The Moon is Shrinking

The moon is shrinking like a grape — and that may be causing ‘moonquakes,’ NASA says | The Kansas City Star

The moon is a lot more seismically active than we thought

In 2010, an analysis of images from NASA's Lunar Reconnaissance Orbiter (LRO) found that the Moon shriveled like a raisin as its interior cooled, leaving behind thousands of cliffs called thrust faults on the lunar surface. This creates stair-step cliffs called thrust faults as part of the crust is pushed up and over another close part of the crust. New research suggests that these faults may still be active today, producing moonquakes.

What's more, most of the shakes happened when the Moon was at the point of its orbit furthest away from the Earth.

NASA also is trying to evolve its work culture, said Bill Gerstenmaier, associate administrator for human exploration and operations for the space agency. Over time, the lunar surface darkens due to weathering and radiation, so bright spots are areas where recent activity has exposed areas on the lunar surface. Such tracks would be erased relatively quickly, in terms of geologic time, by the constant rain of micrometeoroid impacts on the Moon.

NASA also announced the name Artemis this week for its mission to send astronauts, including the first woman, to the moon in 2024. Each of the magnitudes of the 28 moonquakes would register as somewhere between two and five on the Richter scale if they had been carried out on Earth. Schmerr designed the algorithm that re-analyzed the Apollo data. Scientists know the Moon is too cold and still to have plate tectonics, like Earth, which keeps our whole crust sliding around in giant, continent-sized pieces.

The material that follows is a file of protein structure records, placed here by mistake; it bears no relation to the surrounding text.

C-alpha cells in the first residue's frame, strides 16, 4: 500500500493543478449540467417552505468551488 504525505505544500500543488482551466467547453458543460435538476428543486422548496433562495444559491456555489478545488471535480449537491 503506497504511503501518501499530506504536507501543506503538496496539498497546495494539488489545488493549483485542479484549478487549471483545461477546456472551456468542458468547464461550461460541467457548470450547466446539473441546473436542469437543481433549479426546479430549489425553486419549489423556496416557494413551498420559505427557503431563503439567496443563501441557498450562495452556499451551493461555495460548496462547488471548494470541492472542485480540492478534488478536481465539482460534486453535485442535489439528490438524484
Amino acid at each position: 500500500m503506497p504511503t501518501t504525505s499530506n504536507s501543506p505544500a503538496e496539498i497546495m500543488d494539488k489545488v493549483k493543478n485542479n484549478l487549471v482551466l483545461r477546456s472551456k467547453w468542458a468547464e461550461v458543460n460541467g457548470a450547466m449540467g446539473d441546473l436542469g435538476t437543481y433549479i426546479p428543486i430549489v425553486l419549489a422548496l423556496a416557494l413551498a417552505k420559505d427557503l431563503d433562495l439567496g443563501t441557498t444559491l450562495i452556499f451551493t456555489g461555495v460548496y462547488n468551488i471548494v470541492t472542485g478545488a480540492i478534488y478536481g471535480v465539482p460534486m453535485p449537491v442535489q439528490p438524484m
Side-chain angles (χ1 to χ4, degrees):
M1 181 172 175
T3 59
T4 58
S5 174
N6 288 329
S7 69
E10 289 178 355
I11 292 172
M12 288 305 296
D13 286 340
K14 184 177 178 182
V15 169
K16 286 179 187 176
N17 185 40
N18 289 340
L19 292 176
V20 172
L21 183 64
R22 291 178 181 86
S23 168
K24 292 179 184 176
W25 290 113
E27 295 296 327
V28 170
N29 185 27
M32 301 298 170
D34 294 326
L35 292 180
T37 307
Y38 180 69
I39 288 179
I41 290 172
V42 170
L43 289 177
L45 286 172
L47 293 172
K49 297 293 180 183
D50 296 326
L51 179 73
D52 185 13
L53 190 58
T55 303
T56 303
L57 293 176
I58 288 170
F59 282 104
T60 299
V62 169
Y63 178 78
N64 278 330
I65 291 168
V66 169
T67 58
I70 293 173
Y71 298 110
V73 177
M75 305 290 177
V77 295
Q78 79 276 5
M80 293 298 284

"It's quite likely that the faults are still active today", said Dr. Nicholas Schmerr, an assistant professor of geology at the University of Maryland who co-authored the study.

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The authors used their model to produce "shake maps" based on predictions of where the strongest shaking should occur, given the size of thrust faults. Many in the space industry are concerned that the proposal may face opposition because of the Office of Management and Budget sought to offset the increased spending for NASA, and smaller, unrelated increases to other agencies, by proposing to cut Pell Grant funding, used to help low-income students pay for college, by almost $1.9 billion. NASA is requiring it to be reusable and integrated into two facilities that are in the works: a surface outpost, and what is being called the Lunar Gateway - a proposed office, laboratory and living space meant to orbit the moon.

The newly accelerated goal - an endeavor likely to cost tens of billions of dollars - comes as NASA has struggled with the help of private partners to resume human space missions from USA soil for the first time since the shuttle program ended in 2011.

"I have a daughter, she's 11 years old, and I want her to see herself in the same position that our current, very diverse astronaut corps now sees itself, having the opportunity to go to the Moon", Mr Bridenstine said.

The space agency wants to establish "sustainable missions by 2028" - taking what they learn from the moon and applying it to reaching Mars. With a larger network of modern seismometers, we could make huge strides in our understanding of the Moon's geology.

Mr Bridenstine has previously said President Trump's desire to put humans back on the moon by the year 2024 would provide an opportunity to test technology and capabilities before carrying out a mission to land on Mars by 2033.

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